WORCESTER - Boston College goaltender Parker Milner was cool as a cucumber after Saturday’s 2-0 victory over Air Force in the NCAA Northeast Regional semifinals at DCU Center.
The junior had just made 20 saves to earn his third career shutout and first NCAA Tournament win. But Milner said it wasn’t really about what he did so much as what his teammates did. The Eagles waged a tough defensive battle with the Falcons and Milner faced a few flurries, but nothing to really worry about until maybe the final five minutes.
“We were just trying to hold them off there,’’ said Milner, who will be back in net Sunday for the final against Minnesota-Duluth, a 5-2 winner over Maine. “It was a great hockey game and they really played great. They really started to turn it on in the last five. But I think what was really key was we really just shut them down defensively.
“All the shots they had were from outside the dots. I think it was a great team effort in the last five. It was kind of one of those games where we dominated. The play was kind of back and forth. It was a great defensive effort. The times they got in the zone, I think we did a great job of keeping them to the outside.’’
Though BC and Minnesota-Duluth will be meeting for only the second time in the postseason in Sunday’s regional final, they’ve played 15 times since 1967 with the Eagles holding a lopsided 10-4-1 advantage. The 2-2 draw came in their last game at the 2003 Icebreaker Invitational in East Lansing, Mich. Their playoff meeting for third place in the 1985 tournament in Detroit was won by UMD, 7-6, in overtime . . . Why was Maine’s second goal by Matt Mangene allowed even though his team’s net had been knocked askew by a Minnesota-Duluth player? Because the referees enforced NCAA rule 6-10-c: “If the non-offending team has an offensive opportunity and its defensive goal cage has been displaced, play shall be allowed to continue until the scoring chance is complete.’’ . . . Air Force’s 2-0 loss to BC marked the first time the Falcons had dropped an NCAA Tournament game by more than one goal. Its four previous defeats were 4-3 to Minnesota in 2007, 3-2 in overtime to Miami in 2008, 3-2 in double overtime to Vermont in 2009, and 2-1 in overtime to Yale last year . . . Four of the 10 finalists for the Hobey Baker Award were competing in the Northeast Regional - Abbott, BC defenseman Brian Dumoulin, Minnesota-Duluth forward Jack Connolly, and Air Force defenseman Tim Kirby. Only Dumoulin (by Carolina) was drafted. The four colleges have won the hockey Heisman eight times among them, with UMD claiming four (Tom Kurvers, Bill Watson, Chris Marinucci, and Junior Lessard), BC two (David Emma, Mike Mottau) and Maine two (Scott Pellerin, Paul Kariya). If Connolly doesn’t win the Hobey, he already has been voted a couple of consolation honors by his teammates: Highest Hockey IQ and Person You’d Most Want Your Own Sister to Date . . . Maine and Minnesota-Duluth had only three common opponents during the regular season. The Black Bears went 2-1 against Providence, 2-0 against Alabama-Huntsville, and 0-1-1 against North Dakota, while the Bulldogs were 1-0-1, 2-0, and 1-1.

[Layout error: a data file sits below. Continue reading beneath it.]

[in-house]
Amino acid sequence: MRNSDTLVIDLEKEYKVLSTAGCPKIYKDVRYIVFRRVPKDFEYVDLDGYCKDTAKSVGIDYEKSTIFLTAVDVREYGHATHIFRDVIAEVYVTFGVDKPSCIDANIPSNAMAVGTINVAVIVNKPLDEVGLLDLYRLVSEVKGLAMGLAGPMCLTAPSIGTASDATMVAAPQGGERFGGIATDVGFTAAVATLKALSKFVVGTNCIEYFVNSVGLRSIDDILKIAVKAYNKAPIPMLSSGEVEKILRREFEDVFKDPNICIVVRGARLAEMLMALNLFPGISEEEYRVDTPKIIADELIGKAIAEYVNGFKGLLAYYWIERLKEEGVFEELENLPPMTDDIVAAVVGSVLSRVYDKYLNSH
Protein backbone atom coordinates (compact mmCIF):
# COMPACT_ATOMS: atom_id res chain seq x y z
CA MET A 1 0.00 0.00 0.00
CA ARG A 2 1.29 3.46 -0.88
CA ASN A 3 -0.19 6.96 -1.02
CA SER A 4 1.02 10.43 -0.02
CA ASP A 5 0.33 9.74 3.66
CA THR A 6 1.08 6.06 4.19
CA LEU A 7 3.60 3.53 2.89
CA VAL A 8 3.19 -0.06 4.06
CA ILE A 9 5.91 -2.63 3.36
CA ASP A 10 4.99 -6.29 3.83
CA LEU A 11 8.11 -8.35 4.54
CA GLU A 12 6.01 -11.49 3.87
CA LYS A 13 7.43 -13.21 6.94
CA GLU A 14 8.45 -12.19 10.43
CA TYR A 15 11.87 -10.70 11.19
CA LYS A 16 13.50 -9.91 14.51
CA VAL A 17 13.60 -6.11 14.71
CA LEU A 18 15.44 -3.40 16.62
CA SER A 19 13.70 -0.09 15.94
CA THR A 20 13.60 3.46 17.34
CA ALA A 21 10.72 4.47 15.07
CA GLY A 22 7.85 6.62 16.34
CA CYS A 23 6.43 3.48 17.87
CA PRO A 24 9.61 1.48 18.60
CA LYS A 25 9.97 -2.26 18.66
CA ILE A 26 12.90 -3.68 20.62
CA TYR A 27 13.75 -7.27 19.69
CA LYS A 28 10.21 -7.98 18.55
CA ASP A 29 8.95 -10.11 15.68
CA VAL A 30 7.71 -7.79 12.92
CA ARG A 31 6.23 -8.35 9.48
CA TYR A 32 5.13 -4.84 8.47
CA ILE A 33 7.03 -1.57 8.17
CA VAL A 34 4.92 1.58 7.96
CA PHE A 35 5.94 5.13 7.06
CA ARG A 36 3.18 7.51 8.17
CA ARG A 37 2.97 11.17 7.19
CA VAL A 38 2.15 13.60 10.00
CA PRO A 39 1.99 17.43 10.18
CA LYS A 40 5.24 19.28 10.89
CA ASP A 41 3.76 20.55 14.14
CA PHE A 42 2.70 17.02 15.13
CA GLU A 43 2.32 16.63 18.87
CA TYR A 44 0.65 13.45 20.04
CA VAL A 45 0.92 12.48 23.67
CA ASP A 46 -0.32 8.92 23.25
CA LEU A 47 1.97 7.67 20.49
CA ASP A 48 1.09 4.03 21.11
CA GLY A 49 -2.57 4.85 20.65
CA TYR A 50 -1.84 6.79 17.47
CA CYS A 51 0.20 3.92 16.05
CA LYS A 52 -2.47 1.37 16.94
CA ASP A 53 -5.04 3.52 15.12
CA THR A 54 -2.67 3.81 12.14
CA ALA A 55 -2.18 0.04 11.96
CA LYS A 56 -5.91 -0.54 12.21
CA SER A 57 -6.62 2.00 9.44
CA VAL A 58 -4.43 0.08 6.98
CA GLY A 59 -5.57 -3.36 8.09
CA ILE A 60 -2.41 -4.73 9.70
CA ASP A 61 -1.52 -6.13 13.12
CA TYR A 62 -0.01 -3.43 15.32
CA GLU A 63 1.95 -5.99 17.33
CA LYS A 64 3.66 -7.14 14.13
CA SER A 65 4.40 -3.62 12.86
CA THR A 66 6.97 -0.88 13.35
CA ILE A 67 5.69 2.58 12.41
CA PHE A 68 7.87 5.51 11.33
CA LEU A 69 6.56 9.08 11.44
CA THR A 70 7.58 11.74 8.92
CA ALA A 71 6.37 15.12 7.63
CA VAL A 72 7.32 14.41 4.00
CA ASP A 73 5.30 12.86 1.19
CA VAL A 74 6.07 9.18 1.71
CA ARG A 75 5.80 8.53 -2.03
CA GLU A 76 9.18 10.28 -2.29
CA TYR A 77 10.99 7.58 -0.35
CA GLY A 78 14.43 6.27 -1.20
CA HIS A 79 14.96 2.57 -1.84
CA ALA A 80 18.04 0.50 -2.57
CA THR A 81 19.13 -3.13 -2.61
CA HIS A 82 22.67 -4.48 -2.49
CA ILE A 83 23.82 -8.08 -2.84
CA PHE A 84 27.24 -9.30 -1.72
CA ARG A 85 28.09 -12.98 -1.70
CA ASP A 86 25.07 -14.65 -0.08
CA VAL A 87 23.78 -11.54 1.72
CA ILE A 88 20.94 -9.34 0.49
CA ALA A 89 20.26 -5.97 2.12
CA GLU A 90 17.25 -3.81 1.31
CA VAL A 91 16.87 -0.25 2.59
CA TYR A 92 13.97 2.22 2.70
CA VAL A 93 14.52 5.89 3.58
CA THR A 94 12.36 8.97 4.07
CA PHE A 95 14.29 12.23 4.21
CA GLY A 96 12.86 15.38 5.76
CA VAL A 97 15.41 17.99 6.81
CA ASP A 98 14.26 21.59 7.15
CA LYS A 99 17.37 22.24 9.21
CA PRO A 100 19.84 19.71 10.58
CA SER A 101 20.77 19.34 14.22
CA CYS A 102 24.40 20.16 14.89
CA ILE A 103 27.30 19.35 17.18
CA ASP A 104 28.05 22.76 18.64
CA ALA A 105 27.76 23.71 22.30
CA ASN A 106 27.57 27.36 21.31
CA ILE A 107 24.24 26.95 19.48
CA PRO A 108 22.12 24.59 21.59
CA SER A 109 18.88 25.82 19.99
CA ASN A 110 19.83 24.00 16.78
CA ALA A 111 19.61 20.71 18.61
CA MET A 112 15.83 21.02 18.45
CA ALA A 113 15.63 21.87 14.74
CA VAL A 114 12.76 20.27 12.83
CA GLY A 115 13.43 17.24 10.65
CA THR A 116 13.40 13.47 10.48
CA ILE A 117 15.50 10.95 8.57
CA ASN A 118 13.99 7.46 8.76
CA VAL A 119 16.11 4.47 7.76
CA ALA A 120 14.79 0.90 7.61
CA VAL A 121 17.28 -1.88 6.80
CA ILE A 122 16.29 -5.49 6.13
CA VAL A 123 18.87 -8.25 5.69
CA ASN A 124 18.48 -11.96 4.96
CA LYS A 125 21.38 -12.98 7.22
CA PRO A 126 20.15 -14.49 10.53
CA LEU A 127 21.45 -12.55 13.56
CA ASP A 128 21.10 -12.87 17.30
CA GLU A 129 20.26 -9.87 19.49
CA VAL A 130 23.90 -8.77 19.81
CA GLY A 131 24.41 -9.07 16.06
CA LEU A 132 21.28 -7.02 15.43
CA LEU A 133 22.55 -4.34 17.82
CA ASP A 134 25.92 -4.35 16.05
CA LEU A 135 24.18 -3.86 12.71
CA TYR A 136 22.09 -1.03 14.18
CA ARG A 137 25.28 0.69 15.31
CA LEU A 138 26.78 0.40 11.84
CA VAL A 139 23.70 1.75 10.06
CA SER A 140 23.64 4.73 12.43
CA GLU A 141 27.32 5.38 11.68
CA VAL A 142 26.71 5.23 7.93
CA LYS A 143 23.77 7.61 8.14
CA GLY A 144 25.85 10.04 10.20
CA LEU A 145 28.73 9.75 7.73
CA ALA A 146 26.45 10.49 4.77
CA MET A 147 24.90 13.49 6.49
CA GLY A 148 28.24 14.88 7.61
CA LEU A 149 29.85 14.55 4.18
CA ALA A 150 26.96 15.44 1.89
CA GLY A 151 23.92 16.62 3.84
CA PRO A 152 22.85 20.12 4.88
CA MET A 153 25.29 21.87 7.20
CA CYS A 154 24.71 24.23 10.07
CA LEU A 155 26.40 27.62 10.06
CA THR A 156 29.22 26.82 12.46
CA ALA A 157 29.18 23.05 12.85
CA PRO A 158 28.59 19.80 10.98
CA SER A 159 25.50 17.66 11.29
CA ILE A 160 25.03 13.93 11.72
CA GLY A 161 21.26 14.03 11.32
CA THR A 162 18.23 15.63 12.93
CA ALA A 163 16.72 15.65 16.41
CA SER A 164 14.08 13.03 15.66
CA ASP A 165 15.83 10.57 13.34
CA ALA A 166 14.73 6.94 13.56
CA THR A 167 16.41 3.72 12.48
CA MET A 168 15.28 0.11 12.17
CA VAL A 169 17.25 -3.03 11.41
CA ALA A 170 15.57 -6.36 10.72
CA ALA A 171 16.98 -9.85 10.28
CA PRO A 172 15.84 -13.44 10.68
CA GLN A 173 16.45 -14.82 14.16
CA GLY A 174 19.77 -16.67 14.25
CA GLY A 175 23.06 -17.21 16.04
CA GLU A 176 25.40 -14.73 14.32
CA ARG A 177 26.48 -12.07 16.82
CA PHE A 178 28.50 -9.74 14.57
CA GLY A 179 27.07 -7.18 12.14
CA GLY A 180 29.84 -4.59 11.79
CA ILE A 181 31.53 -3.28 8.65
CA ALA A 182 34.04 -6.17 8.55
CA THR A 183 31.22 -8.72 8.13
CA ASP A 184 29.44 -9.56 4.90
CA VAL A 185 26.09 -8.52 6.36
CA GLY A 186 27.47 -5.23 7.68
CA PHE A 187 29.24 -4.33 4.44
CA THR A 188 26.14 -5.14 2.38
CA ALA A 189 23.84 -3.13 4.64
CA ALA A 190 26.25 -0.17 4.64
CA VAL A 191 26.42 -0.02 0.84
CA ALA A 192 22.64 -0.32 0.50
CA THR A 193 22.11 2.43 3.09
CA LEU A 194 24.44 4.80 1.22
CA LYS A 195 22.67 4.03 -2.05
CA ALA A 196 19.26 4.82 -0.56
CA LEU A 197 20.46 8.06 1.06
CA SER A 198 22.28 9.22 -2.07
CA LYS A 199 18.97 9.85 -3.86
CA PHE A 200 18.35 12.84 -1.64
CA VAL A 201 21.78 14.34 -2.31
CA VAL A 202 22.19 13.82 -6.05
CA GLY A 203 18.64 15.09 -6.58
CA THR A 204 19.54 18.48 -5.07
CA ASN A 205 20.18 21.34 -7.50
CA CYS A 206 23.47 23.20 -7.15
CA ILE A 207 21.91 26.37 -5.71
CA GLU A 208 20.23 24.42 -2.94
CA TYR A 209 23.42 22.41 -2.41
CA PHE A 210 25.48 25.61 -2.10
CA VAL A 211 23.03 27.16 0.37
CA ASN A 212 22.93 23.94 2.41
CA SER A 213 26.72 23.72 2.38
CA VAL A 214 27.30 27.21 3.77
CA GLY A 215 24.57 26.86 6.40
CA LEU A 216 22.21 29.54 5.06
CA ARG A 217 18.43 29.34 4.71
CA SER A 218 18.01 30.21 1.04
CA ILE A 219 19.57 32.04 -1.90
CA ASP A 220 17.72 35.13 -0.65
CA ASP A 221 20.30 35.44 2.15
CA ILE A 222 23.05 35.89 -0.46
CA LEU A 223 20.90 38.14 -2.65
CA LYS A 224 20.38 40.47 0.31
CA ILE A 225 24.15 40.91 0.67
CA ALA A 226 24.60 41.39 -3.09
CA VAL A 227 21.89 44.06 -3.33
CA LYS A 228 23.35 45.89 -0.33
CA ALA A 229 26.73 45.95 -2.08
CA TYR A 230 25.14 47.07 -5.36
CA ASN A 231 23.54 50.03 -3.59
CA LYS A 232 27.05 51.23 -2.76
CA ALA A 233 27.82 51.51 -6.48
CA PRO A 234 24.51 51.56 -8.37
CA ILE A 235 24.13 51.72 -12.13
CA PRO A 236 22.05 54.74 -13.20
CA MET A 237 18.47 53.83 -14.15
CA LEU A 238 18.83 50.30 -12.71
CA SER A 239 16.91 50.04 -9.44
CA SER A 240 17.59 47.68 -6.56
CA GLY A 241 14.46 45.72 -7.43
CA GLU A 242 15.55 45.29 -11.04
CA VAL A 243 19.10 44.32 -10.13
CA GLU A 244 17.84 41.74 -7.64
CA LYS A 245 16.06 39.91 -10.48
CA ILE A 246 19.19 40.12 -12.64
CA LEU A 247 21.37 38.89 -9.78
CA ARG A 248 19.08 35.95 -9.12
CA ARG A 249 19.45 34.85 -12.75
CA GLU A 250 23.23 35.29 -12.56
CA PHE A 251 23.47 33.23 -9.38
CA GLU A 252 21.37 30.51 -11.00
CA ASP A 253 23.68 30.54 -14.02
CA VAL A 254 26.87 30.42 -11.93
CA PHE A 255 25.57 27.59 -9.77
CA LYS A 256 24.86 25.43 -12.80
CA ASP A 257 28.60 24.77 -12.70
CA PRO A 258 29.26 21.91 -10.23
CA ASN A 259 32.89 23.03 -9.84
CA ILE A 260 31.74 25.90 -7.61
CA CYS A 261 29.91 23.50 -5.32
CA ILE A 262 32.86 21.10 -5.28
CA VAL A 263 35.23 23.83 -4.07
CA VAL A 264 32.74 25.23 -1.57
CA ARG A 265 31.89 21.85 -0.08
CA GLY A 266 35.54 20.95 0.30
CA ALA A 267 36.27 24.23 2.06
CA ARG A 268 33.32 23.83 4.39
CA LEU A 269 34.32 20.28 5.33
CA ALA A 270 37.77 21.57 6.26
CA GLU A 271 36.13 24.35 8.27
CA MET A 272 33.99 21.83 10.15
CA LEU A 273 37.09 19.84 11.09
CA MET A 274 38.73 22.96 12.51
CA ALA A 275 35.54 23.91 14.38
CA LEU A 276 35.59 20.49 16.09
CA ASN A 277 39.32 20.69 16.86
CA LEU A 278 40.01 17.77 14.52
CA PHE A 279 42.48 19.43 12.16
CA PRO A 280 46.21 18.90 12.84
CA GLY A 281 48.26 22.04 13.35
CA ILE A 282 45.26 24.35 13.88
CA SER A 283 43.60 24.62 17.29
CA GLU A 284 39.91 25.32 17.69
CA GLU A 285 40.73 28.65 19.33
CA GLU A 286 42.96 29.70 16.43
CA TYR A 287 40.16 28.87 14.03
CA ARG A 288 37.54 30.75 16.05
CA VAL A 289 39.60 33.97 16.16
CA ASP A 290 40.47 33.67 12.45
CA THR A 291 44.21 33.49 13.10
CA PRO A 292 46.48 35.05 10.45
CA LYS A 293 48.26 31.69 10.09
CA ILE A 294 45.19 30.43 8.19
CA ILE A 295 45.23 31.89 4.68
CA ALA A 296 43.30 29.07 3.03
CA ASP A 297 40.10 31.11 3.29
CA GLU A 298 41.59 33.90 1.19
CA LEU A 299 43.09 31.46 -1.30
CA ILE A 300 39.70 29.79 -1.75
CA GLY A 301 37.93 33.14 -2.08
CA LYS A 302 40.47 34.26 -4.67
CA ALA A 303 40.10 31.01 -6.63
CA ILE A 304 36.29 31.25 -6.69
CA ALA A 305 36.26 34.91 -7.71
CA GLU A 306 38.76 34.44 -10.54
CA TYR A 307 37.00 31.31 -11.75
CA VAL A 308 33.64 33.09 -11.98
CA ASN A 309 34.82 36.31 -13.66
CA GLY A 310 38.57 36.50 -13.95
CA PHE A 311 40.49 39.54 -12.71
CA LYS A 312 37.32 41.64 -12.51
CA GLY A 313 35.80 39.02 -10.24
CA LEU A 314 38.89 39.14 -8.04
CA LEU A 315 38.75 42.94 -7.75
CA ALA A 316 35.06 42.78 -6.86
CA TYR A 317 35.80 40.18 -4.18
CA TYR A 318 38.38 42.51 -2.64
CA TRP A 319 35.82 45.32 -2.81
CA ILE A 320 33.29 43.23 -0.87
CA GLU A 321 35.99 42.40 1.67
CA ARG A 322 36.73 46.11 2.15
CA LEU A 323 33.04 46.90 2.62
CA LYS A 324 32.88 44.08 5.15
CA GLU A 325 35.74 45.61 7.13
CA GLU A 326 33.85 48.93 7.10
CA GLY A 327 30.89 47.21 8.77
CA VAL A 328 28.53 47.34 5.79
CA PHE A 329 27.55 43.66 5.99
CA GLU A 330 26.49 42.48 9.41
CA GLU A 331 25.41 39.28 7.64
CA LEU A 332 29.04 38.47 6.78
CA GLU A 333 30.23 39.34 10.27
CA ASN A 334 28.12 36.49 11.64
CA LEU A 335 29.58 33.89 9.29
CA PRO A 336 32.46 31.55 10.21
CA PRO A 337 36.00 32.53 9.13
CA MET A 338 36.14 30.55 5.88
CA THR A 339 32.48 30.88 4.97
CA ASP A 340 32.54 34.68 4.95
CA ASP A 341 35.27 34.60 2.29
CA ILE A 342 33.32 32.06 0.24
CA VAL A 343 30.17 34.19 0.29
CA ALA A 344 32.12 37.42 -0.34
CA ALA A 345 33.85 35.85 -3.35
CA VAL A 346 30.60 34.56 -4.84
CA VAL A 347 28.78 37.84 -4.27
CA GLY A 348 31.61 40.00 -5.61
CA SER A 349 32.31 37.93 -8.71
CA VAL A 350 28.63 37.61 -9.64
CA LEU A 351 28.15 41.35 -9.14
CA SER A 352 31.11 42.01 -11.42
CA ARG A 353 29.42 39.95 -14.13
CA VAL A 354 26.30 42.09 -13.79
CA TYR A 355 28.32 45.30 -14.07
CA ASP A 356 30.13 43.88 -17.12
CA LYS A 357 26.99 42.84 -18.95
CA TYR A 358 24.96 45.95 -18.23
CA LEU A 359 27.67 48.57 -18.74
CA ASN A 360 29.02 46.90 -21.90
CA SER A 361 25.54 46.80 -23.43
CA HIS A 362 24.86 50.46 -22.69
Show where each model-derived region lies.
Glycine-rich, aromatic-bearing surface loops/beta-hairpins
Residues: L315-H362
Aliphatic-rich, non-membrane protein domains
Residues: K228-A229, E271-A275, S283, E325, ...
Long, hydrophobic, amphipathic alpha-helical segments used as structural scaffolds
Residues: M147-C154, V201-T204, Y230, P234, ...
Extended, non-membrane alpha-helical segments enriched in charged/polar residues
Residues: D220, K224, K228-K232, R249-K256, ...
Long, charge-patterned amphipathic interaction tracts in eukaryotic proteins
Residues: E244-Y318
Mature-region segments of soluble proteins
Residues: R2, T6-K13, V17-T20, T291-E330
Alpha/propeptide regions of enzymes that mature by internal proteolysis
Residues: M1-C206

BC coach Jerry York had tons of praise for captain Tommy Cross, who had another strong performance as the Eagles won their 16th straight. “I talk so much about his leadership, I should talk more about his quality of play,’’ said York. “But he’s been an outstanding leader for us and I appreciate that in players. But his play, I think, warrants all-league type consideration. He did not make our first- or second-team all-league but I certainly think he’s in that mix of players that is among the very best defensemen in Hockey East.’’ . . . If you want perspective, look no further than Air Force captain Paul Weisgarber. He was disappointed that the Falcons’ season came to an end, but as is the case with the men and women of the service academies, they have a higher calling. “Your senior year, you have high aspirations,’’ said Weisgarber, a native of Fargo, N.D. “You want to take the team to that next level and we couldn’t do it. In a couple of weeks, I think we’ll look back and say we’re pretty proud of our career here. Right now, it’s hard to swallow. For the most part, our competitive hockey days are over. We have obligations that are, in our opinion, a little bit more important than hockey and that is serving our country. We are proud to do that and we are ready to do that.’’ . . . BC has earned 30 wins (30-10-1) for the second straight season . . . The Eagles improved to 27-3-1 when scoring first, 19-1-0 when leading after a period, and 22-0-1 when leading after two periods.